We went on a bunch of field trips over the last two weeks, so I'll share a few shots from them in my next post - some really fun local places to see!

Friday, October 15, 2010

Needle Felted Ghost Tutorial - Finally!

'Tis the night when up in the sky
You might see a ghost come gliding by,
Fear not, he is friendly you see
For once he was human, like you and like me!

So finally - here is a very easy tutorial on making some cute Halloween ghosts to hang in your home - or outside on a special Halloween tree! You will only need a few supplies:

~ white wool batting or wool roving
~ a tiny bit of black wool roving
~ a needle felting foam pad (or a thick sponge works, too!)
~ a needle felting needle

I wanted to show the difference between different batches of wool batting. This is from a newer batch and it is great for stuffing dolls. It is very thick and has tiny balls of wool in it...

Whereas this batch below is more like roving, but I also bought it as wool batting. Batting is cheaper than roving, so it's great to use it when you can. If it is too chunky, you can always try to felt it a bit and then pull it apart and I will have more of a long-like sheet which works well for these ghosts.

Step 1: Make a ball.

Place a section of the wool on your mat and start to roll it up, rolling the sides into the center of the ball and then needle felt into place.

Hint: if you'd like to involve your children, this would be a great part for them to do, but instead of needle felting this ball, you would have them wet felt it. There are many tutorials available online that can show you how! This one is quick and to the point and explains how to do it around an existing ball or with just wool (what I recommend for waldorf).

Step 2: Cover the ball with a tuft of wool.

Place it inside of the tuft of wool and hold your fingers around it and give it a few good pokes with the needle so that the outside layer felts to the ball inside. You don't have to overdo it - this ghost looks best airy so less is better - plus the eyes will keep it in place : )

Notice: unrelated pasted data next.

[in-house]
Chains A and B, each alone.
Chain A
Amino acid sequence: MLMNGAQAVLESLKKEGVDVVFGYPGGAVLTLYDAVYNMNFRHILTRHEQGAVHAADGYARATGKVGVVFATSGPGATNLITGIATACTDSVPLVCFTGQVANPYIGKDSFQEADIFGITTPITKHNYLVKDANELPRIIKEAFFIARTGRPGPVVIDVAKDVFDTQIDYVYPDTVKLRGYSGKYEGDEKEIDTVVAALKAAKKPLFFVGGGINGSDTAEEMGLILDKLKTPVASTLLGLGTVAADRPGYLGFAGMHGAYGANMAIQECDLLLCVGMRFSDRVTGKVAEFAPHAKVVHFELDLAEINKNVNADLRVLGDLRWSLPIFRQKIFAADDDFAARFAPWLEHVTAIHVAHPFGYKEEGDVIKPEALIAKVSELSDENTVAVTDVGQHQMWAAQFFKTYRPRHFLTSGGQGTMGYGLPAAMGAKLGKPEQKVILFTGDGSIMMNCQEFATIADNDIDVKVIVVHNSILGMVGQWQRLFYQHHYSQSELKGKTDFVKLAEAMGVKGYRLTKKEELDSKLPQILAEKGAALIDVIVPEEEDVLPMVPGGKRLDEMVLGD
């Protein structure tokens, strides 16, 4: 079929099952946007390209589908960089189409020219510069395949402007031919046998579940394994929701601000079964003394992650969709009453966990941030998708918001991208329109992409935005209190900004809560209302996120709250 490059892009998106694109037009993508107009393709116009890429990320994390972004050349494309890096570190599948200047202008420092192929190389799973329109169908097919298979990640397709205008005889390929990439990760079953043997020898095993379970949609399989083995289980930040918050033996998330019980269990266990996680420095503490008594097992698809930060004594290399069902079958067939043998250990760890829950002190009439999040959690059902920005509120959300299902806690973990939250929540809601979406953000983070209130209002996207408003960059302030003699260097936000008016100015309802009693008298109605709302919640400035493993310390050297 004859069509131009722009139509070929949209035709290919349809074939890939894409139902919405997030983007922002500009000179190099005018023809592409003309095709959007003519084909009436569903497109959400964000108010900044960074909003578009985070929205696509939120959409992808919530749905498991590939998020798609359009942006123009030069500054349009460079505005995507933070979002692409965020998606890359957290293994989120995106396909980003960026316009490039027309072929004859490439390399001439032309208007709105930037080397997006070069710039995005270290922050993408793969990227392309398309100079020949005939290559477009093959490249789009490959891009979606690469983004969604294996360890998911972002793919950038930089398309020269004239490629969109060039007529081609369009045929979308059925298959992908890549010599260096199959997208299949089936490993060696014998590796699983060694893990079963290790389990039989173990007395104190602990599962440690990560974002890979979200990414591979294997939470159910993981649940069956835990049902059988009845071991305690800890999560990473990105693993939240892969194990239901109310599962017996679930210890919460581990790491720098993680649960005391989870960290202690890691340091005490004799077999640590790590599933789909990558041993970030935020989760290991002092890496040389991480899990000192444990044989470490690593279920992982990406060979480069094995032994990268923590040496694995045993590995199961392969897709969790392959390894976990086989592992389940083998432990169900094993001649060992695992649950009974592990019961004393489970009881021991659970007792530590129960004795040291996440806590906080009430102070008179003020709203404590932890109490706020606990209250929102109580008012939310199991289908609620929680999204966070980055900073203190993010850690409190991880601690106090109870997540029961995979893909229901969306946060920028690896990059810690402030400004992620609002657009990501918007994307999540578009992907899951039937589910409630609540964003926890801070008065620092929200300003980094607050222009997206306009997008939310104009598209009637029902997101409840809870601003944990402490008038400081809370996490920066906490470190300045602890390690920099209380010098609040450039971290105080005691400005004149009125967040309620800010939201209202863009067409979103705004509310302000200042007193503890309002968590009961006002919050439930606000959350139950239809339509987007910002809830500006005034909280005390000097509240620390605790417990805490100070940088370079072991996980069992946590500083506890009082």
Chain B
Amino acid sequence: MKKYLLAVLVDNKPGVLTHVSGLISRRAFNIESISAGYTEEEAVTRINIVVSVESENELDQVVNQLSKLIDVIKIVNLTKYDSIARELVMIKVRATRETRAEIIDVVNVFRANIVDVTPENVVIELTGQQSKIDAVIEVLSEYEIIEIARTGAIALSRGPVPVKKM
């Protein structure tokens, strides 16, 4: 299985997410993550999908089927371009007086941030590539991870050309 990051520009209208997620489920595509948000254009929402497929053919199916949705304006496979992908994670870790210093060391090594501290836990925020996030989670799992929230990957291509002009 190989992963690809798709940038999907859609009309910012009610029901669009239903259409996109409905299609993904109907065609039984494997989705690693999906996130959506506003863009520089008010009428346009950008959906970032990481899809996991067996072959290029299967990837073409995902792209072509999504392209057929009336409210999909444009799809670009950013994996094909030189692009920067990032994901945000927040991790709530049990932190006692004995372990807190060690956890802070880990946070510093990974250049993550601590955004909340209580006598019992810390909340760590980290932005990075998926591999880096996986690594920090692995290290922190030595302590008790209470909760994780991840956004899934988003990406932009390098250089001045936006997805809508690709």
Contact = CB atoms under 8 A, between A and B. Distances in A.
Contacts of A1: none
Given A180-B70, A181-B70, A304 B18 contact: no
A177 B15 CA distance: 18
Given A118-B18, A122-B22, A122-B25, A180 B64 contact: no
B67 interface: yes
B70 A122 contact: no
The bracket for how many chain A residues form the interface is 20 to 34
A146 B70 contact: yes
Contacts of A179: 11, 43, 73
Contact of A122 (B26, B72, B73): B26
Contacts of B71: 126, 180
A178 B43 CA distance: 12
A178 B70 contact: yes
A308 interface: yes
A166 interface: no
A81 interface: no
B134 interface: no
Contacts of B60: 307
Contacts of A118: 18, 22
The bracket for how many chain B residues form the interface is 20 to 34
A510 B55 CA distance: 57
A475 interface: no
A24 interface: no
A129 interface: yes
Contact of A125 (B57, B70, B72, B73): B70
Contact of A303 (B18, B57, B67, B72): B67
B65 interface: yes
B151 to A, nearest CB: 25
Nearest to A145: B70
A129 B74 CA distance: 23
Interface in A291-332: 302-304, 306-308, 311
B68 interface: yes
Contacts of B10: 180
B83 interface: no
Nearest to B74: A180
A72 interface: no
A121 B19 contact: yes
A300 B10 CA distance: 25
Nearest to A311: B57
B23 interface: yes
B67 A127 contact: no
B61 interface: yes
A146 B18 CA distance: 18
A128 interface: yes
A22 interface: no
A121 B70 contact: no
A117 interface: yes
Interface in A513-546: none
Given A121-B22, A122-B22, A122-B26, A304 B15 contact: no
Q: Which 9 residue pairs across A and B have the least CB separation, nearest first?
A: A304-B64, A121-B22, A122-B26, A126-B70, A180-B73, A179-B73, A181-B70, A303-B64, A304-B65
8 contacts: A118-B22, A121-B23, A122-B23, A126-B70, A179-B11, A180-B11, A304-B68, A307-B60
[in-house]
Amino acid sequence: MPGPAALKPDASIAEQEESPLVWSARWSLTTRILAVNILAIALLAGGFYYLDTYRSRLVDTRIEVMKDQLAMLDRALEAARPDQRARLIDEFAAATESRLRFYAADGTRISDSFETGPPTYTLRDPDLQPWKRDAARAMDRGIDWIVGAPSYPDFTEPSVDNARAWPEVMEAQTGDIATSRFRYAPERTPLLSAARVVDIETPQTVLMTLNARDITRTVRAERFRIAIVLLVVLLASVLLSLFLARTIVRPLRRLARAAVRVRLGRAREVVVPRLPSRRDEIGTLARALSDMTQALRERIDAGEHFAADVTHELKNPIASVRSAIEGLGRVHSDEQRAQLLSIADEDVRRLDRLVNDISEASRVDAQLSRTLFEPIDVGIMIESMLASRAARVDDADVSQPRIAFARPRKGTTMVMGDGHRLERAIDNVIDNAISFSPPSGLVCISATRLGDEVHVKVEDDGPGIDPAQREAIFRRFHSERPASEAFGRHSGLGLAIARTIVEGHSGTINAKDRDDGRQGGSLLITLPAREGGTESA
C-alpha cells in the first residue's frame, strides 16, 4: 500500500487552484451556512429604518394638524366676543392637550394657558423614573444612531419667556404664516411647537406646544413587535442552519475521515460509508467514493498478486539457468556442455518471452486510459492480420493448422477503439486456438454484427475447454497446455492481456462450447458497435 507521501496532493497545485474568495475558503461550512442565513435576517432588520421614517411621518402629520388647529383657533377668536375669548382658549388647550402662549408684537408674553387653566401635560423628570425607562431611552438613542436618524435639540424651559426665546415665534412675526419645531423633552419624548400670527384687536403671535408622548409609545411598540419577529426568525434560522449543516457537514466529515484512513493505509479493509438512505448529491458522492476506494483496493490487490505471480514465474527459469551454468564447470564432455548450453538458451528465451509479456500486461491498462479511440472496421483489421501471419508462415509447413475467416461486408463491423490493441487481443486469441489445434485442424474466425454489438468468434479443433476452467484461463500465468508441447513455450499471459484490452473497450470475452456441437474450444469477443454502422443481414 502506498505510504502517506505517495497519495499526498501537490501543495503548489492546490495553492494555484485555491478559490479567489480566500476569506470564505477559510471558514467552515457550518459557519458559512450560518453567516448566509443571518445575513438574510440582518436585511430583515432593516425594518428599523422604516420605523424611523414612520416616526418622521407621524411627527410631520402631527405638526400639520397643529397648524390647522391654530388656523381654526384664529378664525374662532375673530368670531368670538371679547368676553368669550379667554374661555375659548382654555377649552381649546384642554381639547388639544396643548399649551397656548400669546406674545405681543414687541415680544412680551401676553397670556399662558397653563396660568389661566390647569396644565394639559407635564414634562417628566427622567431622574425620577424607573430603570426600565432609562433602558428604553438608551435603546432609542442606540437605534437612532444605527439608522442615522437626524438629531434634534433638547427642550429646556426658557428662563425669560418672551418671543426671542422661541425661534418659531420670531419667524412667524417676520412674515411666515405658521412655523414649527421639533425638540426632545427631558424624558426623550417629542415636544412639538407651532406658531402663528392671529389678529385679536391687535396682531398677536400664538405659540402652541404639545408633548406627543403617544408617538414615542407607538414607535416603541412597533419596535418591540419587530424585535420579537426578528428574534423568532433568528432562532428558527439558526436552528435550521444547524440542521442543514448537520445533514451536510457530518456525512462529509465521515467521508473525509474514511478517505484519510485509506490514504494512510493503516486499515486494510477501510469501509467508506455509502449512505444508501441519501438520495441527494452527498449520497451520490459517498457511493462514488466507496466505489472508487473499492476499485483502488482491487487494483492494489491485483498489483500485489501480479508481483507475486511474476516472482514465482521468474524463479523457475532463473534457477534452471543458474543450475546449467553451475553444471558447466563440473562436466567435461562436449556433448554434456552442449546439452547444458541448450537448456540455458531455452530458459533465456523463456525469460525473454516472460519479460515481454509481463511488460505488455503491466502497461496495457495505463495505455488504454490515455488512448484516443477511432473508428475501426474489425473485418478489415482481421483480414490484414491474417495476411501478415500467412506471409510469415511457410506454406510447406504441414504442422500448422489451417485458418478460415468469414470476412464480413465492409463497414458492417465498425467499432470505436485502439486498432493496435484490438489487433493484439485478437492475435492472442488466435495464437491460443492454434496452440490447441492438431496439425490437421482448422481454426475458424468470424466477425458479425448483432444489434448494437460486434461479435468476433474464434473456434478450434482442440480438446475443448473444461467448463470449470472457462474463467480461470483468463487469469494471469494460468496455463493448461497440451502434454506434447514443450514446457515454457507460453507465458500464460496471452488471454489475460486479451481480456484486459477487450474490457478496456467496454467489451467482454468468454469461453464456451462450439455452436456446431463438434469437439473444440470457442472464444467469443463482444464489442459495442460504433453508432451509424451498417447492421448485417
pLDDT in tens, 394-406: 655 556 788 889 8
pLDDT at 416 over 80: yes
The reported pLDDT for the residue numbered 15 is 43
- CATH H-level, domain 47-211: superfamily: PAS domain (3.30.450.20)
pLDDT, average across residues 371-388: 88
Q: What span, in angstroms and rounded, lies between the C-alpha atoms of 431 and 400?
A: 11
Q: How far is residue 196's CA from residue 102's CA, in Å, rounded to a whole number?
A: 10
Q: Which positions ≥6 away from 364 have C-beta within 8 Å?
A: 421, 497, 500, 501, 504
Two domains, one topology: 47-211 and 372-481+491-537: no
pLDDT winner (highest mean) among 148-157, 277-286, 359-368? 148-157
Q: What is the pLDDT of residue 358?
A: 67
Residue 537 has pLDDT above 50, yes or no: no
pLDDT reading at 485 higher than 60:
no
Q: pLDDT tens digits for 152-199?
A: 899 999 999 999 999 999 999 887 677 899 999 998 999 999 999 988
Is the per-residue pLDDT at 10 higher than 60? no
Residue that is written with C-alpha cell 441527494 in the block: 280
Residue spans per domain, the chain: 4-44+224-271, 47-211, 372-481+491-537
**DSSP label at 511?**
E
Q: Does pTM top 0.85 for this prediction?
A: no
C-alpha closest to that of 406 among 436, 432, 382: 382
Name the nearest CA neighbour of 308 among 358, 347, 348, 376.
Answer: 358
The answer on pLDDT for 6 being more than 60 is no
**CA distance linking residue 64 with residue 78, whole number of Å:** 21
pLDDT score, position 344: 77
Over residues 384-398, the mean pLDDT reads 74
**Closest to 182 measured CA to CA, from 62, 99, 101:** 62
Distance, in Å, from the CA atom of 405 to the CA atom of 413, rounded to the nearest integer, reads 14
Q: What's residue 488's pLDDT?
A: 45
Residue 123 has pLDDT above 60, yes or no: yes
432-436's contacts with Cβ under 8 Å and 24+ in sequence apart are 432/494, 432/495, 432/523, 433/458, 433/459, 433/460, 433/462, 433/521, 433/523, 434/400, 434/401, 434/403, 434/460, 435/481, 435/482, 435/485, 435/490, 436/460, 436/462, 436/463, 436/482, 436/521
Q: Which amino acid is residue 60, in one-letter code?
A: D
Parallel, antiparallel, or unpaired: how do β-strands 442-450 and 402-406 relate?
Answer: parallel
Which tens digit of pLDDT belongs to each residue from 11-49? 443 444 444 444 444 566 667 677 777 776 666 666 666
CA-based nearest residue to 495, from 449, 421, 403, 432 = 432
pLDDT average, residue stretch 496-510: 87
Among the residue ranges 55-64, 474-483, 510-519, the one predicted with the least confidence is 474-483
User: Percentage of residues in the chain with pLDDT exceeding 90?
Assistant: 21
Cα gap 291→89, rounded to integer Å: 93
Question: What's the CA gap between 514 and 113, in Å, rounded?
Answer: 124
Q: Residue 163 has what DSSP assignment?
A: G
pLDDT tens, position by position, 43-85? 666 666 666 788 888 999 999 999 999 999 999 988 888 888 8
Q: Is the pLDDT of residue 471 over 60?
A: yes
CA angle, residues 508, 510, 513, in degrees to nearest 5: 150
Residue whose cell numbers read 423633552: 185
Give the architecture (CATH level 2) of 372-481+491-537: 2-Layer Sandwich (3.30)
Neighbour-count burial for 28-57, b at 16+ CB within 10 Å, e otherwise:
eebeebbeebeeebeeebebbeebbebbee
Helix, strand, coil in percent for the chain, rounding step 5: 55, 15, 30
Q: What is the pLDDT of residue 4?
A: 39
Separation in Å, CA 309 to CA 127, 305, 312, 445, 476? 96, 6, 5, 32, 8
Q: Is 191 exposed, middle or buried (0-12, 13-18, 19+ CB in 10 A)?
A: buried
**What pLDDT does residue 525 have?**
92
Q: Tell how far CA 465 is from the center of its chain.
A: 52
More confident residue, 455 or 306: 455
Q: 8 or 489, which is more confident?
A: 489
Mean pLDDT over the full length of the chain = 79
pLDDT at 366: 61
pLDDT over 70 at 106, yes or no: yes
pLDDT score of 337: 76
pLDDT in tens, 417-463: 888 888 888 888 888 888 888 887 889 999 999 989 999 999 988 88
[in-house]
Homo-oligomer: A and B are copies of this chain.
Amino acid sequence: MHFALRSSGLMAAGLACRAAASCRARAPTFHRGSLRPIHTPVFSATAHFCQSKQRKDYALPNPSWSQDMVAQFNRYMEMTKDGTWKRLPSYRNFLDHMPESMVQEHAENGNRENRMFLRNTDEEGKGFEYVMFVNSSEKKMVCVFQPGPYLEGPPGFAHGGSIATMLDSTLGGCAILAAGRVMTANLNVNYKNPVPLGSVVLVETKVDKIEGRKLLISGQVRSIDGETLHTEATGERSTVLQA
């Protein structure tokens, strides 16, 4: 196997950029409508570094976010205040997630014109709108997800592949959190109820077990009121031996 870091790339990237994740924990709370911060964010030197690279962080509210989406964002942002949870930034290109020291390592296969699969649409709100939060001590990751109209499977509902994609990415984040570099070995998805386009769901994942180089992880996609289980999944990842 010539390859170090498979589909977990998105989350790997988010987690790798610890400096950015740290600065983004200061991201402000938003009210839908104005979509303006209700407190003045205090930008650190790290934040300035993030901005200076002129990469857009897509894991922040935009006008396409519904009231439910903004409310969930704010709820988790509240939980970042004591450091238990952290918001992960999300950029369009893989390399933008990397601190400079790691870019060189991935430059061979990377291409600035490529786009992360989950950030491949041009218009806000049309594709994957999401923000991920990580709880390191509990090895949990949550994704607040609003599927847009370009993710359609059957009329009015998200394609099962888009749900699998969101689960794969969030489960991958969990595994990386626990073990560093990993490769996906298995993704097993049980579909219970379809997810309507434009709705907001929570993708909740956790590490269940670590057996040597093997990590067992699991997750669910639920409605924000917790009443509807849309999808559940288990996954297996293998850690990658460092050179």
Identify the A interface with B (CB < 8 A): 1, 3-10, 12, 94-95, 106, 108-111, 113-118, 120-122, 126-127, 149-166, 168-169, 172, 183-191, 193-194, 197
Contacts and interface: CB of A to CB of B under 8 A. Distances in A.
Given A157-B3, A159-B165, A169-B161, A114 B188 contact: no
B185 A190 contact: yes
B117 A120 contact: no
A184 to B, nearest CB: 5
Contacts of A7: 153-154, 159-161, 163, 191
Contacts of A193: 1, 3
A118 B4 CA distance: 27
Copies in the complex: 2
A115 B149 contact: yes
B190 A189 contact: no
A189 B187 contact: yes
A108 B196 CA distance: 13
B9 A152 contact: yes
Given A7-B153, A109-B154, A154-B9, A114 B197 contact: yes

Don't be afraid to really play with the wool and arrange it so that it looks right. Needlefelting and wool is very forgiving so if you make a mistake, you can usually fix it without having to start over!

Once I have the basic shape, I like to give a few punches with my clover needle - you can just use a single needle - this one is just faster as there are five needles in the punch.

Step 3: Put on the eyes (optional).

Waldorf is known for its simplicity, so by all means - if you don't want any facial features on your ghost, skip this part. Just make sure that the ball is securetly needle felted inside the outer layer. If you end up attaching string (covered below) that will hold your ghost together, too!

You only need a tiny bit of black wool. Separate two equal parts and simply roll the wool in your fingers to form a tiny ball.

Then place the ball in the position you'd like the first eye to be.

And needle felt it into place. Be sure you don't push the needle down too hard or it will go through the ghost and you might pull some of the black to the other side so it actually shows on the back of the ghost. The barbs are at the top of the needle, so you never have to go all the way down for it to grab the fibers and felt.

And voila! You're done! Wasn't that easy!

Now, if you'd like to hang them, it's pretty self explanatory, but just in case, here's what I do. Mine will go outside on a tree, so I've decided to use black thread which will be hidden when it's dark outside, giving the ghosts a floaty feel. Double thread it.

Go in from the inside/bottom of the ghost (where you made your initial ball).

Come up through the top and go back down again.

When you come out the bottom, thread the needle through the initial stitch, so that it's actually knotted onto your original stitch. This will help it from sliding off if it gets pulled in the wind or if a child grabs at it.

Then head back up through the bottom to the top once more.

It should look like this.

And then cut the loop and knot it at the appropriate height, cutting off the excess thread.

Now he's ready to fly!

There's no limit to where you can hang them! Whether it's somewhere inside the house, on a tree, or even (one of my fav's) wind it/tie it onto a long stick that your child treasures and they can fly their own ghostie around!

They will twist and turn and spin at even the slightest change of air pressure!

These would make great party favors for anyone having a Halloween birthday party or a class party!

Can't wait to see them when it gets dark out! Until then - happy early Halloween!

Hope you enjoyed!